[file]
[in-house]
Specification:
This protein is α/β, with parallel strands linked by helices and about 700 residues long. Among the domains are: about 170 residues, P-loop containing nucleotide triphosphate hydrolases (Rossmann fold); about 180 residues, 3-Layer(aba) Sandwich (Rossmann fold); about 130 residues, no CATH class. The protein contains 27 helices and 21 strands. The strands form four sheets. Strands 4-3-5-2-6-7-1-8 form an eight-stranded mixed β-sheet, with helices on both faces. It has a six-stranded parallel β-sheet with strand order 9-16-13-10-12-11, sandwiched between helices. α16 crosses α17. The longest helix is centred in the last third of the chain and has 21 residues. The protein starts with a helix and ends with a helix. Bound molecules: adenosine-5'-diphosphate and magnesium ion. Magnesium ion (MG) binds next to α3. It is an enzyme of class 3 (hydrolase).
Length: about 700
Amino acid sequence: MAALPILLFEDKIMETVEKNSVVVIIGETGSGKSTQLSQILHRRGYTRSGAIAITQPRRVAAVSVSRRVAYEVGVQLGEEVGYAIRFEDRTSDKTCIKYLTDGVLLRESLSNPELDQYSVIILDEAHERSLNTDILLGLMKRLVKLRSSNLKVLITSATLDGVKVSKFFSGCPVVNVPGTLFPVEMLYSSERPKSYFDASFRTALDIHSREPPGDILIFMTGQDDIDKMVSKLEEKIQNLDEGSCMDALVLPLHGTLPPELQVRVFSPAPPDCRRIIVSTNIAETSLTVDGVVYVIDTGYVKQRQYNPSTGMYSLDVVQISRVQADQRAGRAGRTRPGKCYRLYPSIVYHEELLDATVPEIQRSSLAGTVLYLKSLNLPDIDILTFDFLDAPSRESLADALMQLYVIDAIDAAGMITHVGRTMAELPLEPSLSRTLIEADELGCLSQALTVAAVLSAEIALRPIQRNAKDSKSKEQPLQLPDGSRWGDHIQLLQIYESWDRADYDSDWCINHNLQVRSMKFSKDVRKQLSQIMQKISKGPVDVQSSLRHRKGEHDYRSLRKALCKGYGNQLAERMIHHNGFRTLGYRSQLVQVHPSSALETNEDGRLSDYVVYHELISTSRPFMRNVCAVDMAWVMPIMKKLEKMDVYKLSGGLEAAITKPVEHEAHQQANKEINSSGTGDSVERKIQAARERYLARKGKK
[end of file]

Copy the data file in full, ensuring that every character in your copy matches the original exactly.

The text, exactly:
[in-house]
Specification:
This protein is α/β, with parallel strands linked by helices and about 700 residues long. Among the domains are: about 170 residues, P-loop containing nucleotide triphosphate hydrolases (Rossmann fold); about 180 residues, 3-Layer(aba) Sandwich (Rossmann fold); about 130 residues, no CATH class. The protein contains 27 helices and 21 strands. The strands form four sheets. Strands 4-3-5-2-6-7-1-8 form an eight-stranded mixed β-sheet, with helices on both faces. It has a six-stranded parallel β-sheet with strand order 9-16-13-10-12-11, sandwiched between helices. α16 crosses α17. The longest helix is centred in the last third of the chain and has 21 residues. The protein starts with a helix and ends with a helix. Bound molecules: adenosine-5'-diphosphate and magnesium ion. Magnesium ion (MG) binds next to α3. It is an enzyme of class 3 (hydrolase).
Length: about 700
Amino acid sequence: MAALPILLFEDKIMETVEKNSVVVIIGETGSGKSTQLSQILHRRGYTRSGAIAITQPRRVAAVSVSRRVAYEVGVQLGEEVGYAIRFEDRTSDKTCIKYLTDGVLLRESLSNPELDQYSVIILDEAHERSLNTDILLGLMKRLVKLRSSNLKVLITSATLDGVKVSKFFSGCPVVNVPGTLFPVEMLYSSERPKSYFDASFRTALDIHSREPPGDILIFMTGQDDIDKMVSKLEEKIQNLDEGSCMDALVLPLHGTLPPELQVRVFSPAPPDCRRIIVSTNIAETSLTVDGVVYVIDTGYVKQRQYNPSTGMYSLDVVQISRVQADQRAGRAGRTRPGKCYRLYPSIVYHEELLDATVPEIQRSSLAGTVLYLKSLNLPDIDILTFDFLDAPSRESLADALMQLYVIDAIDAAGMITHVGRTMAELPLEPSLSRTLIEADELGCLSQALTVAAVLSAEIALRPIQRNAKDSKSKEQPLQLPDGSRWGDHIQLLQIYESWDRADYDSDWCINHNLQVRSMKFSKDVRKQLSQIMQKISKGPVDVQSSLRHRKGEHDYRSLRKALCKGYGNQLAERMIHHNGFRTLGYRSQLVQVHPSSALETNEDGRLSDYVVYHELISTSRPFMRNVCAVDMAWVMPIMKKLEKMDVYKLSGGLEAAITKPVEHEAHQQANKEINSSGTGDSVERKIQAARERYLARKGKK